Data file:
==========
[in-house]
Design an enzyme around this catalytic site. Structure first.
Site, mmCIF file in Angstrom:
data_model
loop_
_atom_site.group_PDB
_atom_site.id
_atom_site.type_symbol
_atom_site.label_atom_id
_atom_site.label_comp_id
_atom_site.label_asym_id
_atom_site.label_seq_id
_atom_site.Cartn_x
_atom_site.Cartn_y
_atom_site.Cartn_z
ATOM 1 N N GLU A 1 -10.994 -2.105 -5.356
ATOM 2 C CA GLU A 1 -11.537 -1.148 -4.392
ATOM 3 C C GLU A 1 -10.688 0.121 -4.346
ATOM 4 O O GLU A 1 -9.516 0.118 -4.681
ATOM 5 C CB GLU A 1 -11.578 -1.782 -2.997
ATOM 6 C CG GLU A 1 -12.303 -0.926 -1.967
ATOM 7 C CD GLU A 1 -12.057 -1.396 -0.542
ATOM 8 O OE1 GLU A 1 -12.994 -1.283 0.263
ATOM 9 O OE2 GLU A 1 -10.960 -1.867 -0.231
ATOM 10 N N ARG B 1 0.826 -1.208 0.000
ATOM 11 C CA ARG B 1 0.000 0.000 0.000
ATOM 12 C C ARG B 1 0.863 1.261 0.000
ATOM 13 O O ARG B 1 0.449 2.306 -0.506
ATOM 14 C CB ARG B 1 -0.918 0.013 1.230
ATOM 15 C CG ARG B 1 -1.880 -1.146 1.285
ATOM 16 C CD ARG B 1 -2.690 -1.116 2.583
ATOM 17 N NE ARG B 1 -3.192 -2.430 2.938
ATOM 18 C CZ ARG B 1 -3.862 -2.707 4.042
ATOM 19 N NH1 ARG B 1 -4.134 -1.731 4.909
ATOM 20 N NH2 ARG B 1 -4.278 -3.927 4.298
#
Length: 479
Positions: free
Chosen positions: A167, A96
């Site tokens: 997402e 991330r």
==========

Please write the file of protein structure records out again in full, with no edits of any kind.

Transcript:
[in-house]
Design an enzyme around this catalytic site. Structure first.
Site, mmCIF file in Angstrom:
data_model
loop_
_atom_site.group_PDB
_atom_site.id
_atom_site.type_symbol
_atom_site.label_atom_id
_atom_site.label_comp_id
_atom_site.label_asym_id
_atom_site.label_seq_id
_atom_site.Cartn_x
_atom_site.Cartn_y
_atom_site.Cartn_z
ATOM 1 N N GLU A 1 -10.994 -2.105 -5.356
ATOM 2 C CA GLU A 1 -11.537 -1.148 -4.392
ATOM 3 C C GLU A 1 -10.688 0.121 -4.346
ATOM 4 O O GLU A 1 -9.516 0.118 -4.681
ATOM 5 C CB GLU A 1 -11.578 -1.782 -2.997
ATOM 6 C CG GLU A 1 -12.303 -0.926 -1.967
ATOM 7 C CD GLU A 1 -12.057 -1.396 -0.542
ATOM 8 O OE1 GLU A 1 -12.994 -1.283 0.263
ATOM 9 O OE2 GLU A 1 -10.960 -1.867 -0.231
ATOM 10 N N ARG B 1 0.826 -1.208 0.000
ATOM 11 C CA ARG B 1 0.000 0.000 0.000
ATOM 12 C C ARG B 1 0.863 1.261 0.000
ATOM 13 O O ARG B 1 0.449 2.306 -0.506
ATOM 14 C CB ARG B 1 -0.918 0.013 1.230
ATOM 15 C CG ARG B 1 -1.880 -1.146 1.285
ATOM 16 C CD ARG B 1 -2.690 -1.116 2.583
ATOM 17 N NE ARG B 1 -3.192 -2.430 2.938
ATOM 18 C CZ ARG B 1 -3.862 -2.707 4.042
ATOM 19 N NH1 ARG B 1 -4.134 -1.731 4.909
ATOM 20 N NH2 ARG B 1 -4.278 -3.927 4.298
#
Length: 479
Positions: free
Chosen positions: A167, A96
């Site tokens: 997402e 991330r």